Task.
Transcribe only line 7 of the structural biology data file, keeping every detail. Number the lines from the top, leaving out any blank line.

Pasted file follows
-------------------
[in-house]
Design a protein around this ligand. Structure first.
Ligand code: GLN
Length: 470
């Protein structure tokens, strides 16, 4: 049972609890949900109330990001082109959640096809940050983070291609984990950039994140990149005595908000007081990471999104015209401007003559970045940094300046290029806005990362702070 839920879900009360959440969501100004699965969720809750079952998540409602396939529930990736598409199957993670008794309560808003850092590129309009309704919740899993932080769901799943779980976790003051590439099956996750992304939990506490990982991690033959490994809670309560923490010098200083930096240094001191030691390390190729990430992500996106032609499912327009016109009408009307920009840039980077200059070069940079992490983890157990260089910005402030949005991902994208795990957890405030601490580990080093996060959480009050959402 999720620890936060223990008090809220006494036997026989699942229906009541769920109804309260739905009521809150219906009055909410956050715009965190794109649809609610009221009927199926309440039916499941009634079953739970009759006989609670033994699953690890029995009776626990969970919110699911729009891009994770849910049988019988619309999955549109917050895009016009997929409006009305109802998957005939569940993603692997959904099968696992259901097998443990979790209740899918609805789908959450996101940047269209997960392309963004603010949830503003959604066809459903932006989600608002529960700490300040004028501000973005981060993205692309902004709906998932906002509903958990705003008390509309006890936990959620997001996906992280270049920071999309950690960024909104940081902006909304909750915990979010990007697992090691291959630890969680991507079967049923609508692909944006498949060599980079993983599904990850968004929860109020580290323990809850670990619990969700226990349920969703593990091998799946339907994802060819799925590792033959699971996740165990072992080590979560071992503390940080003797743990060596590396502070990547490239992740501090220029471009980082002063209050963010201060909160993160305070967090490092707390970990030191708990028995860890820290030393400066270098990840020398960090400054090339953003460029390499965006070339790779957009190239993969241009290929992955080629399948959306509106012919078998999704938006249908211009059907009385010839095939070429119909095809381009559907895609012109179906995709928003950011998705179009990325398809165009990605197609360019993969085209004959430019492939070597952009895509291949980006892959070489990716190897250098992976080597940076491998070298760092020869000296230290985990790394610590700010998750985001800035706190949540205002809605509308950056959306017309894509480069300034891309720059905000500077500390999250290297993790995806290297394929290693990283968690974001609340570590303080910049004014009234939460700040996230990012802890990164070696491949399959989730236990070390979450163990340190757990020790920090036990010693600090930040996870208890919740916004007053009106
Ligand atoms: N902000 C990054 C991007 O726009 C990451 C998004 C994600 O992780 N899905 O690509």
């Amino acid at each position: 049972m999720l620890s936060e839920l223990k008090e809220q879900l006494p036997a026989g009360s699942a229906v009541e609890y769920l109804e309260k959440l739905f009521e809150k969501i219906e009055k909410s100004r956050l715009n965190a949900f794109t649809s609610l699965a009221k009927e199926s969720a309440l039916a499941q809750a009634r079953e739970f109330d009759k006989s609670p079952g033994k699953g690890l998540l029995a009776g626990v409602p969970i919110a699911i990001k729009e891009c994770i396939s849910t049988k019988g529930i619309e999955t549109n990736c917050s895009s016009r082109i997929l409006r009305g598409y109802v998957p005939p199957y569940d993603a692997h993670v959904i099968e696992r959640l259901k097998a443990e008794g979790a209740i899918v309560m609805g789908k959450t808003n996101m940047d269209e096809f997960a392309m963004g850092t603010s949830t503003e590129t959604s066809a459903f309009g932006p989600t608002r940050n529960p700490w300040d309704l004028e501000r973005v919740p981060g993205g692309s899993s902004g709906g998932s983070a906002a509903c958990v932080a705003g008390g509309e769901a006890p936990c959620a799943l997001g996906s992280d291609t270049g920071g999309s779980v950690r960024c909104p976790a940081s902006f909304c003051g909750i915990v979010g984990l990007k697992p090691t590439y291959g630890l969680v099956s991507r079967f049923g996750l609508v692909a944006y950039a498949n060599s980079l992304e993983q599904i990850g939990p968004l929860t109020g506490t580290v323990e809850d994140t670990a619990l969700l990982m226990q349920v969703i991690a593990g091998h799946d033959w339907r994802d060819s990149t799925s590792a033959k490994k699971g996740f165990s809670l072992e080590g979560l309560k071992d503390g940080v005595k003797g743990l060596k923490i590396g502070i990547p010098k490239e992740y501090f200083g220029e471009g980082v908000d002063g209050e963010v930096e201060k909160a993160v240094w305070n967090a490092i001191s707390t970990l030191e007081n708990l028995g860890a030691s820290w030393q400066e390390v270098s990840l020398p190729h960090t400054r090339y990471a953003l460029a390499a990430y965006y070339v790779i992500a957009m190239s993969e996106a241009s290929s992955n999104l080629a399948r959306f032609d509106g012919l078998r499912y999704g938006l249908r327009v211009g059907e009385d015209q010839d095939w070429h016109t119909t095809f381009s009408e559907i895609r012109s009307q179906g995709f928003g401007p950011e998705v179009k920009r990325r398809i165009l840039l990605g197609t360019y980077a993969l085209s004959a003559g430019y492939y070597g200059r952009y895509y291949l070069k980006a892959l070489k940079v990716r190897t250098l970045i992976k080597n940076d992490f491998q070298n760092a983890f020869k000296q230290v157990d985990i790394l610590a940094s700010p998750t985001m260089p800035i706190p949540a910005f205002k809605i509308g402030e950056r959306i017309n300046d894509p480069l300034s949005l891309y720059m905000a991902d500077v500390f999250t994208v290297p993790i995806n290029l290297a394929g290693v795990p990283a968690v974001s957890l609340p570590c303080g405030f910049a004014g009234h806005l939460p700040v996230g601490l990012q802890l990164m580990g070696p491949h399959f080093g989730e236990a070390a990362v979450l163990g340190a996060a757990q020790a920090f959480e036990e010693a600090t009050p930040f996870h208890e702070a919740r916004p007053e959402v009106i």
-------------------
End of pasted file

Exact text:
């Amino acid at each position: 049972m999720l620890s936060e839920l223990k008090e809220q879900l006494p036997a026989g009360s699942a229906v009541e609890y769920l109804e309260k959440l739905f009521e809150k969501i219906e009055k909410s100004r956050l715009n965190a949900f794109t649809s609610l699965a009221k009927e199926s969720a309440l039916a499941q809750a009634r079953e739970f109330d009759k006989s609670p079952g033994k699953g690890l998540l029995a009776g626990v409602p969970i919110a699911i990001k729009e891009c994770i396939s849910t049988k019988g529930i619309e999955t549109n990736c917050s895009s016009r082109i997929l409006r009305g598409y109802v998957p005939p199957y569940d993603a692997h993670v959904i099968e696992r959640l259901k097998a443990e008794g979790a209740i899918v309560m609805g789908k959450t808003n996101m940047d269209e096809f997960a392309m963004g850092t603010s949830t503003e590129t959604s066809a459903f309009g932006p989600t608002r940050n529960p700490w300040d309704l004028e501000r973005v919740p981060g993205g692309s899993s902004g709906g998932s983070a906002a509903c958990v932080a705003g008390g509309e769901a006890p936990c959620a799943l997001g996906s992280d291609t270049g920071g999309s779980v950690r960024c909104p976790a940081s902006f909304c003051g909750i915990v979010g984990l990007k697992p090691t590439y291959g630890l969680v099956s991507r079967f049923g996750l609508v692909a944006y950039a498949n060599s980079l992304e993983q599904i990850g939990p968004l929860t109020g506490t580290v323990e809850d994140t670990a619990l969700l990982m226990q349920v969703i991690a593990g091998h799946d033959w339907r994802d060819s990149t799925s590792a033959k490994k699971g996740f165990s809670l072992e080590g979560l309560k071992d503390g940080v005595k003797g743990l060596k923490i590396g502070i990547p010098k490239e992740y501090f200083g220029e471009g980082v908000d002063g209050e963010v930096e201060k909160a993160v240094w305070n967090a490092i001191s707390t970990l030191e007081n708990l028995g860890a030691s820290w030393q400066e390390v270098s990840l020398p190729h960090t400054r090339y990471a953003l460029a390499a990430y965006y070339v790779i992500a957009m190239s993969e996106a241009s290929s992955n999104l080629a399948r959306f032609d509106g012919l078998r499912y999704g938006l249908r327009v211009g059907e009385d015209q010839d095939w070429h016109t119909t095809f381009s009408e559907i895609r012109s009307q179906g995709f928003g401007p950011e998705v179009k920009r990325r398809i165009l840039l990605g197609t360019y980077a993969l085209s004959a003559g430019y492939y070597g200059r952009y895509y291949l070069k980006a892959l070489k940079v990716r190897t250098l970045i992976k080597n940076d992490f491998q070298n760092a983890f020869k000296q230290v157990d985990i790394l610590a940094s700010p998750t985001m260089p800035i706190p949540a910005f205002k809605i509308g402030e950056r959306i017309n300046d894509p480069l300034s949005l891309y720059m905000a991902d500077v500390f999250t994208v290297p993790i995806n290029l290297a394929g290693v795990p990283a968690v974001s957890l609340p570590c303080g405030f910049a004014g009234h806005l939460p700040v996230g601490l990012q802890l990164m580990g070696p491949h399959f080093g989730e236990a070390a990362v979450l163990g340190a996060a757990q020790a920090f959480e036990e010693a600090t009050p930040f996870h208890e702070a919740r916004p007053e959402v009106i």